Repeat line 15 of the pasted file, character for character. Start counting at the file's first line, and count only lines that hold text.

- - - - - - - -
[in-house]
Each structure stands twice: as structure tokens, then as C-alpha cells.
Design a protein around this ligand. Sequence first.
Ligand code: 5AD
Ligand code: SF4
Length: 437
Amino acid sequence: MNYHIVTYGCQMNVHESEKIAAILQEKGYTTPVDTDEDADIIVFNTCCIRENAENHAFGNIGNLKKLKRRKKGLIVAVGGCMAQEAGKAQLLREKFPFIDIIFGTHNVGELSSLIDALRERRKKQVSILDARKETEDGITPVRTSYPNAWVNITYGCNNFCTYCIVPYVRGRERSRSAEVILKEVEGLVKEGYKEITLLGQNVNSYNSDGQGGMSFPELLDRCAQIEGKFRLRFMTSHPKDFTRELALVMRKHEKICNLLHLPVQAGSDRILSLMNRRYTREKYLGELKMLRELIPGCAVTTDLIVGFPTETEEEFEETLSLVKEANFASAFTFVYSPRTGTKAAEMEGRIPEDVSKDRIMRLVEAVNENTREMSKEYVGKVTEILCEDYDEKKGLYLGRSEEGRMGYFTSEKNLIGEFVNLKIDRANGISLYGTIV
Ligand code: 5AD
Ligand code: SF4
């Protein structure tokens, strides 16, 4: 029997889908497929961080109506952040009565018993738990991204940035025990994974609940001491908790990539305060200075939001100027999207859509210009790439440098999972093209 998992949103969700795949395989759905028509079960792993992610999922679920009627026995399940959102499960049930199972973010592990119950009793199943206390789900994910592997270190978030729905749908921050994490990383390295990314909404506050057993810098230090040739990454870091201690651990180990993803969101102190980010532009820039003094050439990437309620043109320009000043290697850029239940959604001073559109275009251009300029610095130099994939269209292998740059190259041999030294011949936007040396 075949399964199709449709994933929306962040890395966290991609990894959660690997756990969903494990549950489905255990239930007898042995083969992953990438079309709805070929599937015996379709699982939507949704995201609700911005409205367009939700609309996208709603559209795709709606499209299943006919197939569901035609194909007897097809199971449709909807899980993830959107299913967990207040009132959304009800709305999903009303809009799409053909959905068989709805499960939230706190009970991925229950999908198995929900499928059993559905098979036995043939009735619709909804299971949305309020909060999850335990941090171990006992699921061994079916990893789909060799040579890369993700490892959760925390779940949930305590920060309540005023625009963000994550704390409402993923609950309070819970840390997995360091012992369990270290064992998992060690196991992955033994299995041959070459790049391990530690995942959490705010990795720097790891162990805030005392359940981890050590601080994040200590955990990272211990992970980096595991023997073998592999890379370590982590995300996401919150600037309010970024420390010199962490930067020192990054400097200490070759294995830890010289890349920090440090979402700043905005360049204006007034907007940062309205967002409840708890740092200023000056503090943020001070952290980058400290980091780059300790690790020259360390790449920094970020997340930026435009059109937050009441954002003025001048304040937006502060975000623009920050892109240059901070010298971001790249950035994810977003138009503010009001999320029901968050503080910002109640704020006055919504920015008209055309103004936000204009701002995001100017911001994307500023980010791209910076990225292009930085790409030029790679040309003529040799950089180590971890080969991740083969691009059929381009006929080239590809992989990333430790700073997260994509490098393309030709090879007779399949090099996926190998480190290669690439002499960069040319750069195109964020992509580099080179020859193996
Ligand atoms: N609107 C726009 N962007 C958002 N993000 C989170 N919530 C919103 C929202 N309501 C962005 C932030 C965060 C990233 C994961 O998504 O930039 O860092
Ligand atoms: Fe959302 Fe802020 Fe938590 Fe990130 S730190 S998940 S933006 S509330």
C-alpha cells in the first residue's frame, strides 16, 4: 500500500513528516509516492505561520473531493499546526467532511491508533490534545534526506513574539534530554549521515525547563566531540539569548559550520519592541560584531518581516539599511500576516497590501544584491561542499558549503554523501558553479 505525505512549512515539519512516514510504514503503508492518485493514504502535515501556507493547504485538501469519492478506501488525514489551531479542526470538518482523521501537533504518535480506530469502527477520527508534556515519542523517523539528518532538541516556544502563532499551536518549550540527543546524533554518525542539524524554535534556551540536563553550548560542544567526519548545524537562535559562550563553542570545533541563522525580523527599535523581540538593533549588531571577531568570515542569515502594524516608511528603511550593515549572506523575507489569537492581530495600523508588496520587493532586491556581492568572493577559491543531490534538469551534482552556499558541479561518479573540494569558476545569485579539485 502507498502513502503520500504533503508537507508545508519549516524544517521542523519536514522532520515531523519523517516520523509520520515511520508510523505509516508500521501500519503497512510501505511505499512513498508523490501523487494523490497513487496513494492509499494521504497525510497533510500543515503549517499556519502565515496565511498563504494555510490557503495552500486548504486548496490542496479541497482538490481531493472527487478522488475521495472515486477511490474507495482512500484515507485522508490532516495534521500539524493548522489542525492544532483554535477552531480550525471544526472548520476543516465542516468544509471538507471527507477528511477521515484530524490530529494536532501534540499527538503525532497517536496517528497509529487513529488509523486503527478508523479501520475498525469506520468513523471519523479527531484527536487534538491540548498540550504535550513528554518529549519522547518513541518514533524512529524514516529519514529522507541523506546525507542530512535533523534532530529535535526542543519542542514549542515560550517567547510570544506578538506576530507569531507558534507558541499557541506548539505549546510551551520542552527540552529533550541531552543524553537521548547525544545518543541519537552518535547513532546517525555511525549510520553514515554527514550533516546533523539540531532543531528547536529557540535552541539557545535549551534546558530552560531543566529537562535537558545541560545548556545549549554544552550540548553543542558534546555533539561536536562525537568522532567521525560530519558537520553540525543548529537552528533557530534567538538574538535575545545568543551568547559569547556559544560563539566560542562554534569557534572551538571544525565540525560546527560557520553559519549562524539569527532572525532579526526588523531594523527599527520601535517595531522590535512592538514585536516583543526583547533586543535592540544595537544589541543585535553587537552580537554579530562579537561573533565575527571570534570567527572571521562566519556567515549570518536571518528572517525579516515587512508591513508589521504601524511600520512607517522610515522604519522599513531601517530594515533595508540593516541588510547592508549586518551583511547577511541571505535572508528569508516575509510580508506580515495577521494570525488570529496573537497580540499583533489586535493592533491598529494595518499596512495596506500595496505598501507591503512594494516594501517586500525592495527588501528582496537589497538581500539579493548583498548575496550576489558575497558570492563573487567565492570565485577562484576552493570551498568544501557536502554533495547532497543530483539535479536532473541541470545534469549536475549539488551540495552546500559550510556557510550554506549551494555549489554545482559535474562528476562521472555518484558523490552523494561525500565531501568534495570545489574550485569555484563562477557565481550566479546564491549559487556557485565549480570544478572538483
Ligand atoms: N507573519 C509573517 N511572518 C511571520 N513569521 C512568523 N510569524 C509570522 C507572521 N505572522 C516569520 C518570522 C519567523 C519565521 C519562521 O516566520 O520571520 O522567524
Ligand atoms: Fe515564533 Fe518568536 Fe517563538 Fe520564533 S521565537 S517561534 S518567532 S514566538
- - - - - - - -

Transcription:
Ligand atoms: Fe515564533 Fe518568536 Fe517563538 Fe520564533 S521565537 S517561534 S518567532 S514566538